CDC’s investments in low income and fragile states

We are conducting a performance review of CDC – the UK’s development finance institution, wholly owned by the UK government – focusing on how effectively CDC has adapted its strategy and operations to help meet DFID’s economic development priorities and drive growth in low-income and fragile states.


CDC is the primary vehicle through which DFID invests development capital and plays a key role within DFID’s Economic Development Strategy. It aims to “support the building of businesses throughout Africa and South Asia, to create jobs and make a lasting difference to people’s lives in some of the world’s poorest places”.

CDC invests capital in businesses either directly (by investing equity or providing loans and other debt finance) or indirectly (by investing through commercial funds), through a structured process of investment selection and portfolio management seeking to generate both positive development impacts and a financial return. Financial returns are then recycled into new investments.

There have been significant and ongoing shifts in CDC’s approach over the period covered by this review. CDC’s net assets more than doubled over the period 2006-16 to £4.8 billion. A significant new capital injection of £735 million was received from DFID in 2015 – the first investment in CDC in 20 years. Since 2012, CDC has sought to better align its portfolio of investments with DFID’s priorities. It has increased its focus on Africa and South Asia, particularly in low-income and fragile states where the private sector is weaker and financial risks are greater. CDC’s net assets are set to increase further, to above £8 billion by 2021, as a result of earnings and additional capital commitments from DFID.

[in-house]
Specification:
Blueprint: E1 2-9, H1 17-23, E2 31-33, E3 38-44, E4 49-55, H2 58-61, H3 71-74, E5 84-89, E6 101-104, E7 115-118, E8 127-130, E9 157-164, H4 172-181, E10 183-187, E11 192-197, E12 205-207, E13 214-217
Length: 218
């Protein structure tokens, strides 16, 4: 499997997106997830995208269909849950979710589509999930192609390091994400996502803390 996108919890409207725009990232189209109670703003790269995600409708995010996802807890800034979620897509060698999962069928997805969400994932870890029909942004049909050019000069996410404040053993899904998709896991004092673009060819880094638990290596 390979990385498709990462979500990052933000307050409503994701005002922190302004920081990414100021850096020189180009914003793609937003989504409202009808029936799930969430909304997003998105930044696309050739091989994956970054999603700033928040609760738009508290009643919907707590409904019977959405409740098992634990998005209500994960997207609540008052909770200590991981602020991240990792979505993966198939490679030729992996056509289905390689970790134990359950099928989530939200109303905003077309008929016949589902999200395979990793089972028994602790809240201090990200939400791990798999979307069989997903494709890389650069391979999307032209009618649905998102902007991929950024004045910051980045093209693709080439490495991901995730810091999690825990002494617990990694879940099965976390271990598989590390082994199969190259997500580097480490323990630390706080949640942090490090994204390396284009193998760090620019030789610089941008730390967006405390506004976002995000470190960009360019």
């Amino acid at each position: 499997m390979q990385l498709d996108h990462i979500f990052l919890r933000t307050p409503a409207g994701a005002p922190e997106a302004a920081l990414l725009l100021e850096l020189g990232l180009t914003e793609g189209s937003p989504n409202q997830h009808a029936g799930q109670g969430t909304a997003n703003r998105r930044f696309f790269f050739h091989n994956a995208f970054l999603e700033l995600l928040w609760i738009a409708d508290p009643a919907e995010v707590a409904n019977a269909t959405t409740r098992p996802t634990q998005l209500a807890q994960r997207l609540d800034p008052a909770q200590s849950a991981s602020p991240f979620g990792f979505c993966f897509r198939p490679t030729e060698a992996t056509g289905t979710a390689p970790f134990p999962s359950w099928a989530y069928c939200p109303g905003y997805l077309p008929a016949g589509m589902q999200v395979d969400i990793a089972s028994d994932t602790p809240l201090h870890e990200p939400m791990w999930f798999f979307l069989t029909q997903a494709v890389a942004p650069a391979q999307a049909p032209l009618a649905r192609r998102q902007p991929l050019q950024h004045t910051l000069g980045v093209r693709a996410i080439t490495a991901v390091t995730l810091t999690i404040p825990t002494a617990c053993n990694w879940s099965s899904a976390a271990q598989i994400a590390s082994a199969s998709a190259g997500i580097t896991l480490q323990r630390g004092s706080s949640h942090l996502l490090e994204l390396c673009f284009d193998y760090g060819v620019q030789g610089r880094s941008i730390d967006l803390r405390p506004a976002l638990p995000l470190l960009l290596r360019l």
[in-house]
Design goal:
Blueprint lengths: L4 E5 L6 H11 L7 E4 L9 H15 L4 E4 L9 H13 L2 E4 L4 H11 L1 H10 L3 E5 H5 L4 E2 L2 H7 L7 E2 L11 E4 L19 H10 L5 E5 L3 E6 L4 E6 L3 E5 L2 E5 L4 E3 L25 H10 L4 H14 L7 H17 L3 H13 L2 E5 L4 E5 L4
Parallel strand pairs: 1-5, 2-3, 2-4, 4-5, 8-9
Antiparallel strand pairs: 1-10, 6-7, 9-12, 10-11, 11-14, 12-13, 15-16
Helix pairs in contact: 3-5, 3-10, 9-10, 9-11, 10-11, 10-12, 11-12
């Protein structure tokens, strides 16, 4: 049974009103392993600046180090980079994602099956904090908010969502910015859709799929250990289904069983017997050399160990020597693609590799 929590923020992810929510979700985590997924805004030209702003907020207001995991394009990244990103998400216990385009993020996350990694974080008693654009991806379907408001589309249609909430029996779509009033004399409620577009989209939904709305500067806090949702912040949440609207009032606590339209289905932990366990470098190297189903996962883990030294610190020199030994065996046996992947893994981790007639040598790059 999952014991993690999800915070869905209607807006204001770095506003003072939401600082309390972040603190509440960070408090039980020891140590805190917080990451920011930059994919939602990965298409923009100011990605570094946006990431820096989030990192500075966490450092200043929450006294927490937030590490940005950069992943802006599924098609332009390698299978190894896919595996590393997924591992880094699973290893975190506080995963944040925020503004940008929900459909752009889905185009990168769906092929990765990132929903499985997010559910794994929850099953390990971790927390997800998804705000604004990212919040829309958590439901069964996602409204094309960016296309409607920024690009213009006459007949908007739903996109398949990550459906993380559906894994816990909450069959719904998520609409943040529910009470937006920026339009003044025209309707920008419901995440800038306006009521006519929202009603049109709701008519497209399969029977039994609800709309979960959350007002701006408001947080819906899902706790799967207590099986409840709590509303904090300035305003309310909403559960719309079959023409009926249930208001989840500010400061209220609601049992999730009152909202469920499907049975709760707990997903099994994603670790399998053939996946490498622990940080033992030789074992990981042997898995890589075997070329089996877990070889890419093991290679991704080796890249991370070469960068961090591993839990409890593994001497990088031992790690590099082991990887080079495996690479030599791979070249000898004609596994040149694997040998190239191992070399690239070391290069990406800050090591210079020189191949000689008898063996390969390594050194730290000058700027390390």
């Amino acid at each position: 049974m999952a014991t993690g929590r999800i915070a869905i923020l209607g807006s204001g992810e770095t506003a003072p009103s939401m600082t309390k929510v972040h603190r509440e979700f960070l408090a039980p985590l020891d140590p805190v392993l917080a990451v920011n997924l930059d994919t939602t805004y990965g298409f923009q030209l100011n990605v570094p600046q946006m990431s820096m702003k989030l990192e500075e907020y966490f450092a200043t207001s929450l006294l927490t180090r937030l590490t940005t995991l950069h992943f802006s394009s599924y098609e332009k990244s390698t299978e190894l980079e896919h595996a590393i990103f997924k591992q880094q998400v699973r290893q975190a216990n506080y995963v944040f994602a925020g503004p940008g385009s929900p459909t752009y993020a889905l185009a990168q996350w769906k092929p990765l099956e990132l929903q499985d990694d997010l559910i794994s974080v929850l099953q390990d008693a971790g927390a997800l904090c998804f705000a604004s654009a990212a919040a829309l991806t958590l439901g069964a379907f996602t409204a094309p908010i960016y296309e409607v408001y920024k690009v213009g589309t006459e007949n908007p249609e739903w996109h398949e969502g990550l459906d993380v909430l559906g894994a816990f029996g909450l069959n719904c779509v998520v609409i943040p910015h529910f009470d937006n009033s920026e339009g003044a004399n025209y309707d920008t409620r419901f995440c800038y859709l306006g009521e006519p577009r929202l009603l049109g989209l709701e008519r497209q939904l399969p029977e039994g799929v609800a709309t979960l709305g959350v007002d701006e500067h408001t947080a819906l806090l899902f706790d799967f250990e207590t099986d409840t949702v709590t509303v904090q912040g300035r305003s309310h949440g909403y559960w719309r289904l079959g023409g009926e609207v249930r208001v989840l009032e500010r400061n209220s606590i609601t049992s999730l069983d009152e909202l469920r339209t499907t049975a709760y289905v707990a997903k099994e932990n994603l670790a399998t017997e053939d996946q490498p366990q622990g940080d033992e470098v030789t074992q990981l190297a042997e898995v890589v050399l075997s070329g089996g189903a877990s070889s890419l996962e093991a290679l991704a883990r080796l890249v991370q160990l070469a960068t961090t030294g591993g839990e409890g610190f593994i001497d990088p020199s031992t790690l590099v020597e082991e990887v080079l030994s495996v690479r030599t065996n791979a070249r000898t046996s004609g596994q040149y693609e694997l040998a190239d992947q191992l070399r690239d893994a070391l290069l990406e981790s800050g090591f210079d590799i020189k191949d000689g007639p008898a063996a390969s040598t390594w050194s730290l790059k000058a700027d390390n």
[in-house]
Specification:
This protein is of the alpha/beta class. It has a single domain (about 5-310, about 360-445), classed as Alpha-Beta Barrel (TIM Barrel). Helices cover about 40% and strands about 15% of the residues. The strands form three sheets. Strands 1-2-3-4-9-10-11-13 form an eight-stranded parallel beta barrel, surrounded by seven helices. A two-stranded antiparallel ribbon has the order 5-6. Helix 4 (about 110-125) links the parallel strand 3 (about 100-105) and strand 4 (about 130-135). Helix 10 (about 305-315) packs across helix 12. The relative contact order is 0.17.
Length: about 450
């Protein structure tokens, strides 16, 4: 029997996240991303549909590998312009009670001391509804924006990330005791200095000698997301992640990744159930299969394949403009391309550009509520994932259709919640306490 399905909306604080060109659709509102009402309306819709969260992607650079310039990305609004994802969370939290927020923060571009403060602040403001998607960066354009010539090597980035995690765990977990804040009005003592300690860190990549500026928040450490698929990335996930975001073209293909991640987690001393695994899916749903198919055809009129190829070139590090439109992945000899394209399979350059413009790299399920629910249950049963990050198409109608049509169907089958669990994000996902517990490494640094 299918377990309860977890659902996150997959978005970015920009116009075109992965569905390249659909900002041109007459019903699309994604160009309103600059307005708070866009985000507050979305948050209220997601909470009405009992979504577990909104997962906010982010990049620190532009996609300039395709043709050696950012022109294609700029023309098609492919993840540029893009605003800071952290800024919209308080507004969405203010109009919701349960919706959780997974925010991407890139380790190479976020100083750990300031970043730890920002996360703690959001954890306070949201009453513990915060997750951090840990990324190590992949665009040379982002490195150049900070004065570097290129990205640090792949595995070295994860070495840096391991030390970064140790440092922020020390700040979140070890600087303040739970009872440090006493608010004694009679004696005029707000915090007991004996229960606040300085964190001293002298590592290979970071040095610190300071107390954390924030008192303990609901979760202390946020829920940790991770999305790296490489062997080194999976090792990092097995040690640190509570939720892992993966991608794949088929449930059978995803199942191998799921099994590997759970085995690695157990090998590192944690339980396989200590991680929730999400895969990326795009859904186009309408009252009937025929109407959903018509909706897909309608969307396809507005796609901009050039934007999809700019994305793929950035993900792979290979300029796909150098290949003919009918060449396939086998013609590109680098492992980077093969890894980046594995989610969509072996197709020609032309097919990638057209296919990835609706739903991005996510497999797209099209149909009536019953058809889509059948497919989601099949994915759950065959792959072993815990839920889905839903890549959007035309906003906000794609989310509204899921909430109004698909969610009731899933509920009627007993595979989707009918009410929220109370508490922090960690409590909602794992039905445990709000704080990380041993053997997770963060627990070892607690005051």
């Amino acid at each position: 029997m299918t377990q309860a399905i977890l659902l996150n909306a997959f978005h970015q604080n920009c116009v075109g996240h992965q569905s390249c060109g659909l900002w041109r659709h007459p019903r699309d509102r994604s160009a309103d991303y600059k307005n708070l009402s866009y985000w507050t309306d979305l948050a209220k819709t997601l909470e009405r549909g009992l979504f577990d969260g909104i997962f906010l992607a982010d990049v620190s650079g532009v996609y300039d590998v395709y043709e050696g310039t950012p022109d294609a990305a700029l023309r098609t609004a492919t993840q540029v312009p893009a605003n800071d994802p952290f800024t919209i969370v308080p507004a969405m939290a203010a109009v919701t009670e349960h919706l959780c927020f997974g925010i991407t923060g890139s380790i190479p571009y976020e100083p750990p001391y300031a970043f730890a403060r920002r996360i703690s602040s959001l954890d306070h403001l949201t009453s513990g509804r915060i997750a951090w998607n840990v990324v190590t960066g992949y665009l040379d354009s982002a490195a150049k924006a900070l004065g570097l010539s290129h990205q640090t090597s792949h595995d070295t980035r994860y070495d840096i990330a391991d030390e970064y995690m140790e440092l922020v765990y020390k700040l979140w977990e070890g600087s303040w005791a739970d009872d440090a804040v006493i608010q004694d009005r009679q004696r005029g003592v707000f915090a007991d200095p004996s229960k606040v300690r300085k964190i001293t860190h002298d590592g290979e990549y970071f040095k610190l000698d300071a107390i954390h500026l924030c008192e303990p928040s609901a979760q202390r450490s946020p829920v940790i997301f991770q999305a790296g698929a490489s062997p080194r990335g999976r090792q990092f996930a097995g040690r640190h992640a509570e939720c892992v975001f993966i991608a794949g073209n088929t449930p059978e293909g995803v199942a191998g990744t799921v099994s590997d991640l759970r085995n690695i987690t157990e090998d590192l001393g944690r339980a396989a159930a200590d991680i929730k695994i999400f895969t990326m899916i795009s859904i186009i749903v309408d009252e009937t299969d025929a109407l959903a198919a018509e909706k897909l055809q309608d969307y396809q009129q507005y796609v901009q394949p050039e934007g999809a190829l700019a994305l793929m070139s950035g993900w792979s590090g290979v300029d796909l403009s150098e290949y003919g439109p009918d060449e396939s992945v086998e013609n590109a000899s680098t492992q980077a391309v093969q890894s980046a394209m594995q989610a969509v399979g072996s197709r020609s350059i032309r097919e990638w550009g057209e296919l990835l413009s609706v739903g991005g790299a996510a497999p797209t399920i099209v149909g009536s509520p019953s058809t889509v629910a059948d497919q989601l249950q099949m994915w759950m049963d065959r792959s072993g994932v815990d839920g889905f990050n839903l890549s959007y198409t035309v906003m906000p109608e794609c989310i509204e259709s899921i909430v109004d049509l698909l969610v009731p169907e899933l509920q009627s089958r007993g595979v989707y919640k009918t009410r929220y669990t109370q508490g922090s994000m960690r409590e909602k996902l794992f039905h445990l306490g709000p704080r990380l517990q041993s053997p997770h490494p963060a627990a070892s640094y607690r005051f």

ICAI has decided to conduct a performance review of CDC’s investment activities. The review will look at whether CDC’s investments are achieving their intended development impact, including meeting social and environmental goals, while still delivering an overall financial return on its portfolio. It will generate lessons for DFID and CDC, which will inform CDC’s ongoing scale-up and greater focus on development impact.

The review will cover a sample of the 345 new investments made in companies since 2012, with a particular focus on CDC’s progress in building its portfolio in more difficult investment markets. The review will also consider CDC’s piloting of higher-risk investment strategies designed to maximise development impact. The review will cover both direct investments in companies and investments through intermediary funds. This review will complement previous reviews of CDC.

Review questions

Through a combination of a literature review, corporate and investment team reviews and country case studies this ICAI review will assess the following questions:

  • Does CDC have a credible approach to achieving development impact and financial returns in low-income and fragile states?
  • How effective are CDC’s investments in low-income and fragile states?
  • How well does CDC learn and innovate?

Approach paper

For more information read the full approach paper:

ICAI approach paper – CDC’s investments in low income and fragile states